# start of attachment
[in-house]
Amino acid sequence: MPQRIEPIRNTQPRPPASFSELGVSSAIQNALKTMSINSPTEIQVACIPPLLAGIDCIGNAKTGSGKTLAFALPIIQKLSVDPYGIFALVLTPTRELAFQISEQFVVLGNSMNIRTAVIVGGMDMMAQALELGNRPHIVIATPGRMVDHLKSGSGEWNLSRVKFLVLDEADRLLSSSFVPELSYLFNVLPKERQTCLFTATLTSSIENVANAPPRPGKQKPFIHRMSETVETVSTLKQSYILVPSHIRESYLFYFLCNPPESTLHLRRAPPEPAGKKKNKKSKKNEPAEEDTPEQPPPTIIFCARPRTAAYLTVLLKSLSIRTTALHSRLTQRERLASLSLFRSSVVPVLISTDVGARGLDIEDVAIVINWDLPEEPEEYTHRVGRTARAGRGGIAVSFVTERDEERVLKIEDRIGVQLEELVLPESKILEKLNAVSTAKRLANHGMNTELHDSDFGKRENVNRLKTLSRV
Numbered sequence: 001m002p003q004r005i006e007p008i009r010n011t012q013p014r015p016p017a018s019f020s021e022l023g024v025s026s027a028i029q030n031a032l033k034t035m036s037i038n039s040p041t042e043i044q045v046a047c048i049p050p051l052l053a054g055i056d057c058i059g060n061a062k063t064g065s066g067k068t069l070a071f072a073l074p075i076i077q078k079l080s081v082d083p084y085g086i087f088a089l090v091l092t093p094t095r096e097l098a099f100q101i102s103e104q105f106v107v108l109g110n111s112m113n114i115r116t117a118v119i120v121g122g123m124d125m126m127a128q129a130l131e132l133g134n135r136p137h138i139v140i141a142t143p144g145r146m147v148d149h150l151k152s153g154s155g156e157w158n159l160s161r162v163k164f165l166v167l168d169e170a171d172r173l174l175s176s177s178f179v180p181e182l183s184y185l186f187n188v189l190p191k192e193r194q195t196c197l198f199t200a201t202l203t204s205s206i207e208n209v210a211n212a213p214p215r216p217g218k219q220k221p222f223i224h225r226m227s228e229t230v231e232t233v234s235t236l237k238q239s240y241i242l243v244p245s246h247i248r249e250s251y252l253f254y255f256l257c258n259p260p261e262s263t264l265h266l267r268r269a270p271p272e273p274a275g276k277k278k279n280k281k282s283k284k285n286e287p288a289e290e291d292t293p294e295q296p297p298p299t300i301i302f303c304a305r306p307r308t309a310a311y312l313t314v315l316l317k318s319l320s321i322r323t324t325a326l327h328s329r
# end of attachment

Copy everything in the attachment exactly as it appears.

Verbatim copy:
[in-house]
Amino acid sequence: MPQRIEPIRNTQPRPPASFSELGVSSAIQNALKTMSINSPTEIQVACIPPLLAGIDCIGNAKTGSGKTLAFALPIIQKLSVDPYGIFALVLTPTRELAFQISEQFVVLGNSMNIRTAVIVGGMDMMAQALELGNRPHIVIATPGRMVDHLKSGSGEWNLSRVKFLVLDEADRLLSSSFVPELSYLFNVLPKERQTCLFTATLTSSIENVANAPPRPGKQKPFIHRMSETVETVSTLKQSYILVPSHIRESYLFYFLCNPPESTLHLRRAPPEPAGKKKNKKSKKNEPAEEDTPEQPPPTIIFCARPRTAAYLTVLLKSLSIRTTALHSRLTQRERLASLSLFRSSVVPVLISTDVGARGLDIEDVAIVINWDLPEEPEEYTHRVGRTARAGRGGIAVSFVTERDEERVLKIEDRIGVQLEELVLPESKILEKLNAVSTAKRLANHGMNTELHDSDFGKRENVNRLKTLSRV
Numbered sequence: 001m002p003q004r005i006e007p008i009r010n011t012q013p014r015p016p017a018s019f020s021e022l023g024v025s026s027a028i029q030n031a032l033k034t035m036s037i038n039s040p041t042e043i044q045v046a047c048i049p050p051l052l053a054g055i056d057c058i059g060n061a062k063t064g065s066g067k068t069l070a071f072a073l074p075i076i077q078k079l080s081v082d083p084y085g086i087f088a089l090v091l092t093p094t095r096e097l098a099f100q101i102s103e104q105f106v107v108l109g110n111s112m113n114i115r116t117a118v119i120v121g122g123m124d125m126m127a128q129a130l131e132l133g134n135r136p137h138i139v140i141a142t143p144g145r146m147v148d149h150l151k152s153g154s155g156e157w158n159l160s161r162v163k164f165l166v167l168d169e170a171d172r173l174l175s176s177s178f179v180p181e182l183s184y185l186f187n188v189l190p191k192e193r194q195t196c197l198f199t200a201t202l203t204s205s206i207e208n209v210a211n212a213p214p215r216p217g218k219q220k221p222f223i224h225r226m227s228e229t230v231e232t233v234s235t236l237k238q239s240y241i242l243v244p245s246h247i248r249e250s251y252l253f254y255f256l257c258n259p260p261e262s263t264l265h266l267r268r269a270p271p272e273p274a275g276k277k278k279n280k281k282s283k284k285n286e287p288a289e290e291d292t293p294e295q296p297p298p299t300i301i302f303c304a305r306p307r308t309a310a311y312l313t314v315l316l317k318s319l320s321i322r323t324t325a326l327h328s329r